Gonville Place crossing update

Changes at Gonville Place crossing should be mostly reversed, including putting detector loops back in for cyclists.
Image as described adjacent

Following the January 2007 meeting of the Cambridge Traffic Management Area Joint Committee (AJC), some minor improvements were made to the Gonville Place crossing which had been seriously damaged by the County Council’s alterations (see Newsletters 67 and 69 ). These minor improvements involved removal or relocation of some of the bollards on the crossing approaches.

The AJC discussed the Gonville Place crossing again at its meeting on 23 April. Major improvements, or rather major changes to restore what was there before, were proposed. The issues for discussion were:

  • Segregated crossings for pedestrians and cyclists
  • Detection loops on the cycle approaches
  • Near-side signals for pedestrians and far-side signals for cyclists
  • Reintroduction of the banned turns to prohibit cyclists turning across the pedestrian crossing area during the pedestrian and cycle phase of the signal sequence
Signal heads on the far side should be reintroduced to supplement nearside indicators.
Image as described adjacent

There was quite a lot of discussion, with some strong opposition from AJC members, over the proposal to again ban turns by cyclists across the pedestrian part of the crossing. However, County Council officers were not happy about allowing the turns. A design allowing the turns would almost certainly have to be safety audited which would inevitably lead to delay in making the other much-needed changes to the crossing. It was proposed that instead the work on the crossing should go ahead now and then the operation of the crossing, including the issue of the turns, should be considered in the light of experience after a year. This was agreed. The savage County Council transport expenditure cuts which are due to be implemented soon meant that there was concern that nothing should be decided that could lead to further delay and even possible cancellation of the proposals to improve the crossing.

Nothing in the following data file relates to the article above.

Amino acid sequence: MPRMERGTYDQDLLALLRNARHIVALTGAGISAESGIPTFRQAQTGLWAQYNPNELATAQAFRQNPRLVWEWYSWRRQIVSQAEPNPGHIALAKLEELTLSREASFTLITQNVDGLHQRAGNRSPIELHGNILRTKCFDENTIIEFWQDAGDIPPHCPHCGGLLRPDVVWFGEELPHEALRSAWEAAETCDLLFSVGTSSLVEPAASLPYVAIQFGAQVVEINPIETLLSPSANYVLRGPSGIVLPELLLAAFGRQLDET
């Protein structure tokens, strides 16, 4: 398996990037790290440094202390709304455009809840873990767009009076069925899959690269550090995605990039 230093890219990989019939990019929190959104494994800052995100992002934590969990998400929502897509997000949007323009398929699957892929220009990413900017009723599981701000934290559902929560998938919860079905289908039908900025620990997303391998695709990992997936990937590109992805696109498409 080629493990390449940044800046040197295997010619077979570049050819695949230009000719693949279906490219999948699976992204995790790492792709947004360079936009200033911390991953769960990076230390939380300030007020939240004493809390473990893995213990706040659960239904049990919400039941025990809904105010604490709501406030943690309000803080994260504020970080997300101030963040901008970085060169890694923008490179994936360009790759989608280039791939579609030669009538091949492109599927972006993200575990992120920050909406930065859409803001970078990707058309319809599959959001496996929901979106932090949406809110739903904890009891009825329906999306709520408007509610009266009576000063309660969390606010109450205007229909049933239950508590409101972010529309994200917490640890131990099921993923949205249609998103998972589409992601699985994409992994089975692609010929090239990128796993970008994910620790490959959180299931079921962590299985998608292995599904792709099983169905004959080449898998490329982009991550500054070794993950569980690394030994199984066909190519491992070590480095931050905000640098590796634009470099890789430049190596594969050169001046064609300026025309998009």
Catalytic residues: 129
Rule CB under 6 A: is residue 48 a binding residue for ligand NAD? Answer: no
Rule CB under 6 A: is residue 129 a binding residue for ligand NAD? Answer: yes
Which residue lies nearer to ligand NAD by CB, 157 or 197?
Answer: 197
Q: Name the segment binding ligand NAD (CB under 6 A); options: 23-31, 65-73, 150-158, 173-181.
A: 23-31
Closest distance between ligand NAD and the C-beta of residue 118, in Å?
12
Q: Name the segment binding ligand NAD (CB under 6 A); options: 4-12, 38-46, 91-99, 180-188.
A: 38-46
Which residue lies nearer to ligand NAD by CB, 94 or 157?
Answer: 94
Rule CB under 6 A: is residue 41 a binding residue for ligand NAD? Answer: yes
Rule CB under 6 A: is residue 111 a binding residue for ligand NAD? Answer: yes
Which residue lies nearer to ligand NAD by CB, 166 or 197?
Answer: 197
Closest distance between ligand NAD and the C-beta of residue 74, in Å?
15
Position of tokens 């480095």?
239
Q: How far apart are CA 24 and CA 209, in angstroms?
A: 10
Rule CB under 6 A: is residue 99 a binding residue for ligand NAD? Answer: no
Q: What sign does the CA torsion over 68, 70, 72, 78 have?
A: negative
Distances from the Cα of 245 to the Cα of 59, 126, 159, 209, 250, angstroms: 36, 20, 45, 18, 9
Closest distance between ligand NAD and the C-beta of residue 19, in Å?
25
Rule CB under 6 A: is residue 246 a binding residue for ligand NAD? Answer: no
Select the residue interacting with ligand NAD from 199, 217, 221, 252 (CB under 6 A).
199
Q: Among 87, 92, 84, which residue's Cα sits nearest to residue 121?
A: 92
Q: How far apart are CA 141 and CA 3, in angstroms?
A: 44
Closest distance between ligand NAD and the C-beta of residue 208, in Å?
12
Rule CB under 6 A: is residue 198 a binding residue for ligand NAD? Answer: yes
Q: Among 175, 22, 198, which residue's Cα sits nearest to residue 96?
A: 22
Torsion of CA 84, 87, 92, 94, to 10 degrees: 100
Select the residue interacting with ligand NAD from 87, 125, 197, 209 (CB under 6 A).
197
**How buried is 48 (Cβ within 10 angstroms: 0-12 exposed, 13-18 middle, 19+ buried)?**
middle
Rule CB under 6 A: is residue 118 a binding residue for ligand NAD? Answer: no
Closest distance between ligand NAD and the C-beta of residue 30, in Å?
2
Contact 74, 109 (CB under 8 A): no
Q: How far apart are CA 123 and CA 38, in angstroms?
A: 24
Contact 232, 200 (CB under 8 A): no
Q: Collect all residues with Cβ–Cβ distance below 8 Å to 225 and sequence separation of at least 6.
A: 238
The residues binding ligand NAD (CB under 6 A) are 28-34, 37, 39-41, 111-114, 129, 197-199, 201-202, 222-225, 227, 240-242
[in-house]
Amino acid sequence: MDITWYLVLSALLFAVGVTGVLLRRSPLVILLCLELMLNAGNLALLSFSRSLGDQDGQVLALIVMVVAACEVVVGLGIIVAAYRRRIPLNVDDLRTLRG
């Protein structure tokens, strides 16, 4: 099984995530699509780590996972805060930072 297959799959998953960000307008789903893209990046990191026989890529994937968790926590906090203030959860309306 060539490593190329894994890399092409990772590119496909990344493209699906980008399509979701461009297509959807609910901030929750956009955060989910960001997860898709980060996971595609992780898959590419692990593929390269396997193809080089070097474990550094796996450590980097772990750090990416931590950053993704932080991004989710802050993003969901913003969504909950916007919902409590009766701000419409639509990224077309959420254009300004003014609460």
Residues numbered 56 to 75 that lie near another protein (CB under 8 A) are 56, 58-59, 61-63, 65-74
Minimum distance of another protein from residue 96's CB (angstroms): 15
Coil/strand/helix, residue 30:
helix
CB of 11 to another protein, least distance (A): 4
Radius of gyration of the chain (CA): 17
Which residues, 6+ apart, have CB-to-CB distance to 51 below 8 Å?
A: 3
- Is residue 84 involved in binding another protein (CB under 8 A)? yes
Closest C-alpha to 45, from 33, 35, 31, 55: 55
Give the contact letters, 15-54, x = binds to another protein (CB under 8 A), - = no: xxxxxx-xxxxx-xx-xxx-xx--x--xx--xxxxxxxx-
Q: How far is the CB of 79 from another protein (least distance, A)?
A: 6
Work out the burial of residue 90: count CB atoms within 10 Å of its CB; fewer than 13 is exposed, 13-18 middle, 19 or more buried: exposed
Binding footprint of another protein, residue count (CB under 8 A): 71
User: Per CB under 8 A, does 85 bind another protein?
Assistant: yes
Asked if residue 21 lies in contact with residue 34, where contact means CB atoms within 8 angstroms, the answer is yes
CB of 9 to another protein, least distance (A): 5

There was a request for the removal of more posts and for the radius of the left turn into Gresham Road from Gonville Place to be made easier and it was agreed that this should be looked at.

However, disappointingly, none of the other points the Campaign had raised were discussed. In particular:

  • There was no discussion of the need for slipways to allow on-road cyclists to get onto the pavements to use the crossing to cross the road instead of having to make difficult on-road right turns;
  • No discussion of the need for a raised crossing;
  • No discussion of the need to move the Gresham Road cycleway to the west so that the eastern pavement could be widened for pedestrians;
  • No discussion of the need to allow more crossing time.
It was proposed that the work on the crossing should go ahead now and then the operation of the crossing, including the issue of the turns, should be considered in the light of experience after a year.

The meeting agreed:

  • To support the layout changes on the agenda;
  • To delegate the Director of Highways and Access to determine any objections to the prohibited turns in consultation with Chairman and Vice-chairman;
  • To note the proposed timetable for the changes to be implemented;
  • And to review the operation of the crossing twelve months after the implementation of the changes.

All in all, we are likely to eventually get back a crossing very much like the one they took away at great public expense, except that there will be new puffin-style lights for pedestrians and apparently a rather shorter crossing time than before for both cyclists and pedestrians. We will continue to advocate allowing cyclists to make turns across the pedestrian part of the crossing and we are in correspondence with the AJC and the Signals Team regarding this and the other improvements we would like to see.

Lisa Woodburn